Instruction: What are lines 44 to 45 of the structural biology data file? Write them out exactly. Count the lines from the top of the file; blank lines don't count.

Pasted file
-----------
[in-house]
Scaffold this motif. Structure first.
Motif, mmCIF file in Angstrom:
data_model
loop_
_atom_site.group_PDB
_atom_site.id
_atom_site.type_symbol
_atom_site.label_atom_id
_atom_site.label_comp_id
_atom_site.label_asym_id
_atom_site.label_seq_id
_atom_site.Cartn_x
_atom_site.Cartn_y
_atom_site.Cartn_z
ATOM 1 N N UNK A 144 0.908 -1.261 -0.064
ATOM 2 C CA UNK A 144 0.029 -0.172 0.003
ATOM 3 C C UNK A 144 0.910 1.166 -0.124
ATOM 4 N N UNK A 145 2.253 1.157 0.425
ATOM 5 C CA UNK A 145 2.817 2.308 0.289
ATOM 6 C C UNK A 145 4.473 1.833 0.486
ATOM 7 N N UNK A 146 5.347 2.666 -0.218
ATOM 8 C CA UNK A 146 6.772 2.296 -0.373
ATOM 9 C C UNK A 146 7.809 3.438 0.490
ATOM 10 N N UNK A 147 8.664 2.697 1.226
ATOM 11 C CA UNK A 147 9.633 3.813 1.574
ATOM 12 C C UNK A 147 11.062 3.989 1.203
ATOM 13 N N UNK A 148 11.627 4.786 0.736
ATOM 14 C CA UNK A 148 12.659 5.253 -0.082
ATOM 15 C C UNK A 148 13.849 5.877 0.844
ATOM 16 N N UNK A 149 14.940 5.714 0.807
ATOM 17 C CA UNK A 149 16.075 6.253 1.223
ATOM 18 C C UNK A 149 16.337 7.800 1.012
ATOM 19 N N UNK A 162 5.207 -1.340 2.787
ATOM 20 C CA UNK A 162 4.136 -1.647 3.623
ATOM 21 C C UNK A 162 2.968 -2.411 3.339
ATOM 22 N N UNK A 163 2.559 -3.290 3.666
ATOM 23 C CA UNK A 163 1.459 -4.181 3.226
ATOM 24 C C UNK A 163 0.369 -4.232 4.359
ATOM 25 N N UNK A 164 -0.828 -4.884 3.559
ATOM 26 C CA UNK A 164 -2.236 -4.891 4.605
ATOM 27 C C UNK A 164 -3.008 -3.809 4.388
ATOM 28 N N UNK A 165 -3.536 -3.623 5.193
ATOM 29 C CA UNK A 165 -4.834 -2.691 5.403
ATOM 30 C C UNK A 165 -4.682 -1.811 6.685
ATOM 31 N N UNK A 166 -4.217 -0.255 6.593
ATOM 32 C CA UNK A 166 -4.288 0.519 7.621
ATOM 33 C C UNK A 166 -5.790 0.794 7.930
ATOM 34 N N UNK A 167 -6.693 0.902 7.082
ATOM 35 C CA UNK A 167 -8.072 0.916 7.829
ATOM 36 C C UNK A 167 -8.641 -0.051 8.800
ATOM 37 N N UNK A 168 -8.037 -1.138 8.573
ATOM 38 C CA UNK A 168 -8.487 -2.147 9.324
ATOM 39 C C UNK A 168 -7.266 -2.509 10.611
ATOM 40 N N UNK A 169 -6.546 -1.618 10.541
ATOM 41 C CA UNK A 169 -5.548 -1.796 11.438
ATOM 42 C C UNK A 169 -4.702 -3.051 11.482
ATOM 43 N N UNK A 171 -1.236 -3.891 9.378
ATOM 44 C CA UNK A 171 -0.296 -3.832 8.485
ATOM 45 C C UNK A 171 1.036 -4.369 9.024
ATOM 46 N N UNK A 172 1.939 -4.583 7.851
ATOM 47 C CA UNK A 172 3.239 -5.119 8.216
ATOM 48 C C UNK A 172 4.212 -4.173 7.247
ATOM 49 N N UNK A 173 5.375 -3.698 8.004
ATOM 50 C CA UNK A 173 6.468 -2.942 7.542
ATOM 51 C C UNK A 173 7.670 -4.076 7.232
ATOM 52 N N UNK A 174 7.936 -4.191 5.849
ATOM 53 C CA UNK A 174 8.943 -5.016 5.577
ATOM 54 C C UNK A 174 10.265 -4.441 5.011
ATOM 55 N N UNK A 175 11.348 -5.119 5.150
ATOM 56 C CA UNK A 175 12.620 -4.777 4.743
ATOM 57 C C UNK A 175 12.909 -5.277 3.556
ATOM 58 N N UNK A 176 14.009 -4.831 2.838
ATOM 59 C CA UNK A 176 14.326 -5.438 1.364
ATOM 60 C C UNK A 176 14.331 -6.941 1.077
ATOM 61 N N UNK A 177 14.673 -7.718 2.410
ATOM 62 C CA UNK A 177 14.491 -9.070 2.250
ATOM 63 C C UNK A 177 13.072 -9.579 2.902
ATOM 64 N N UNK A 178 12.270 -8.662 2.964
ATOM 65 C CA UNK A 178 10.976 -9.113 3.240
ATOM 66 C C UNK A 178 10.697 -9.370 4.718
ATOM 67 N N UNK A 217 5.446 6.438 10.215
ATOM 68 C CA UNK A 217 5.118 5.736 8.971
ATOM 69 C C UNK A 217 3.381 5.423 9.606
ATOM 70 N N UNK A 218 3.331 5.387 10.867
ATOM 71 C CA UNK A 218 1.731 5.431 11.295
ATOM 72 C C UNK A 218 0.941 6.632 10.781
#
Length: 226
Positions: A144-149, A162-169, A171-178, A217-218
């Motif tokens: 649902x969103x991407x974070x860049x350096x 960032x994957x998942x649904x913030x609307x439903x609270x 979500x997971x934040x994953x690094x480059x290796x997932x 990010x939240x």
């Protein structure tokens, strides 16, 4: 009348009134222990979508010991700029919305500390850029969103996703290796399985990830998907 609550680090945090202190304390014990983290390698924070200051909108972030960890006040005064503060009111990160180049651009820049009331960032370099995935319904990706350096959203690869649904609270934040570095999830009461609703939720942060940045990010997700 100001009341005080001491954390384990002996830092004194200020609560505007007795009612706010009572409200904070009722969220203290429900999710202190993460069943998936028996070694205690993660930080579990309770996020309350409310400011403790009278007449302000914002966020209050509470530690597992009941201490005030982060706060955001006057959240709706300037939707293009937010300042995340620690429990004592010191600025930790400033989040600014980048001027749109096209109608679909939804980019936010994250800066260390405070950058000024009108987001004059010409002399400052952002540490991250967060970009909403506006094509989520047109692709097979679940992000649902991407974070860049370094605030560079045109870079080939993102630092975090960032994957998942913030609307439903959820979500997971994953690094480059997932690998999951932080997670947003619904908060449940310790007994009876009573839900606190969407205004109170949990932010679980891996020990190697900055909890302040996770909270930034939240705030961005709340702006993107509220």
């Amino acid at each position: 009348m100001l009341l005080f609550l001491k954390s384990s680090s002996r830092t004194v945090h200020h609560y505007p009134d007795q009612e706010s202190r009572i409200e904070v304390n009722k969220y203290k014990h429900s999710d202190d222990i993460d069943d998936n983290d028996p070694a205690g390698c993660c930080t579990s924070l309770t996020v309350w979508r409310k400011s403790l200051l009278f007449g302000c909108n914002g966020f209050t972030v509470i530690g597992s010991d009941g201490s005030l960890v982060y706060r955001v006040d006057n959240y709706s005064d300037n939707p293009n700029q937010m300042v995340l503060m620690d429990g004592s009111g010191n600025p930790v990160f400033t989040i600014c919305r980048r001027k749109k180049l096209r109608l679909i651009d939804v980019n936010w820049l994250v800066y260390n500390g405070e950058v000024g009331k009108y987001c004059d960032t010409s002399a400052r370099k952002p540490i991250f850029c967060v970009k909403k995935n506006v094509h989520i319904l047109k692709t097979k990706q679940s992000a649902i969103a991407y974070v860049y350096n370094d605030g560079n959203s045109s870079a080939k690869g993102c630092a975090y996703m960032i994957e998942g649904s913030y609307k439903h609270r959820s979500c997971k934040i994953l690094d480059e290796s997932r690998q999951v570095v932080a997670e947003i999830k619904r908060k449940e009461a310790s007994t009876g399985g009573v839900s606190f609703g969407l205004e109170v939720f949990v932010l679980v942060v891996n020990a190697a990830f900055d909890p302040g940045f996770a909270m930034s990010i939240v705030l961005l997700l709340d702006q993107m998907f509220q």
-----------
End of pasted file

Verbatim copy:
ATOM 29 C CA UNK A 165 -4.834 -2.691 5.403
ATOM 30 C C UNK A 165 -4.682 -1.811 6.685